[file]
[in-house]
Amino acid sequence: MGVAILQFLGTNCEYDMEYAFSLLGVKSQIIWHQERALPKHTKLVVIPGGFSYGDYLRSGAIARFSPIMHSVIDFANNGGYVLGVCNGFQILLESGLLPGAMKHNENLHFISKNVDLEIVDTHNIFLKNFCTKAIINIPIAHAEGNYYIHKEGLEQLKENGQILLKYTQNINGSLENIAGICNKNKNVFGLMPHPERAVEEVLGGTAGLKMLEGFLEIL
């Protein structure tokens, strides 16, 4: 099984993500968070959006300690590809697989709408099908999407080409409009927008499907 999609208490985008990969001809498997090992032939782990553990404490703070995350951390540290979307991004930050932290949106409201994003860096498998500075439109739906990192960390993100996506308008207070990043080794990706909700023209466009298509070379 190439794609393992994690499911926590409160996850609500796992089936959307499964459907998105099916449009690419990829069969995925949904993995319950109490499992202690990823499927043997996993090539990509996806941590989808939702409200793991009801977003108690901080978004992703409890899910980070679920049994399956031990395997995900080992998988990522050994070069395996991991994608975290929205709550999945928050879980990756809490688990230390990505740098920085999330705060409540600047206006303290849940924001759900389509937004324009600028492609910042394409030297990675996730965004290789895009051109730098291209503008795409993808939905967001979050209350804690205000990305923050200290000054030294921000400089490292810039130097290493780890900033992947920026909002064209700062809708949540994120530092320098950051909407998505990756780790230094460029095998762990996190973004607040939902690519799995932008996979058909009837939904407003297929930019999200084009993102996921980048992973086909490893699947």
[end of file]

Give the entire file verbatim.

[in-house]
Amino acid sequence: MGVAILQFLGTNCEYDMEYAFSLLGVKSQIIWHQERALPKHTKLVVIPGGFSYGDYLRSGAIARFSPIMHSVIDFANNGGYVLGVCNGFQILLESGLLPGAMKHNENLHFISKNVDLEIVDTHNIFLKNFCTKAIINIPIAHAEGNYYIHKEGLEQLKENGQILLKYTQNINGSLENIAGICNKNKNVFGLMPHPERAVEEVLGGTAGLKMLEGFLEIL
């Protein structure tokens, strides 16, 4: 099984993500968070959006300690590809697989709408099908999407080409409009927008499907 999609208490985008990969001809498997090992032939782990553990404490703070995350951390540290979307991004930050932290949106409201994003860096498998500075439109739906990192960390993100996506308008207070990043080794990706909700023209466009298509070379 190439794609393992994690499911926590409160996850609500796992089936959307499964459907998105099916449009690419990829069969995925949904993995319950109490499992202690990823499927043997996993090539990509996806941590989808939702409200793991009801977003108690901080978004992703409890899910980070679920049994399956031990395997995900080992998988990522050994070069395996991991994608975290929205709550999945928050879980990756809490688990230390990505740098920085999330705060409540600047206006303290849940924001759900389509937004324009600028492609910042394409030297990675996730965004290789895009051109730098291209503008795409993808939905967001979050209350804690205000990305923050200290000054030294921000400089490292810039130097290493780890900033992947920026909002064209700062809708949540994120530092320098950051909407998505990756780790230094460029095998762990996190973004607040939902690519799995932008996979058909009837939904407003297929930019999200084009993102996921980048992973086909490893699947």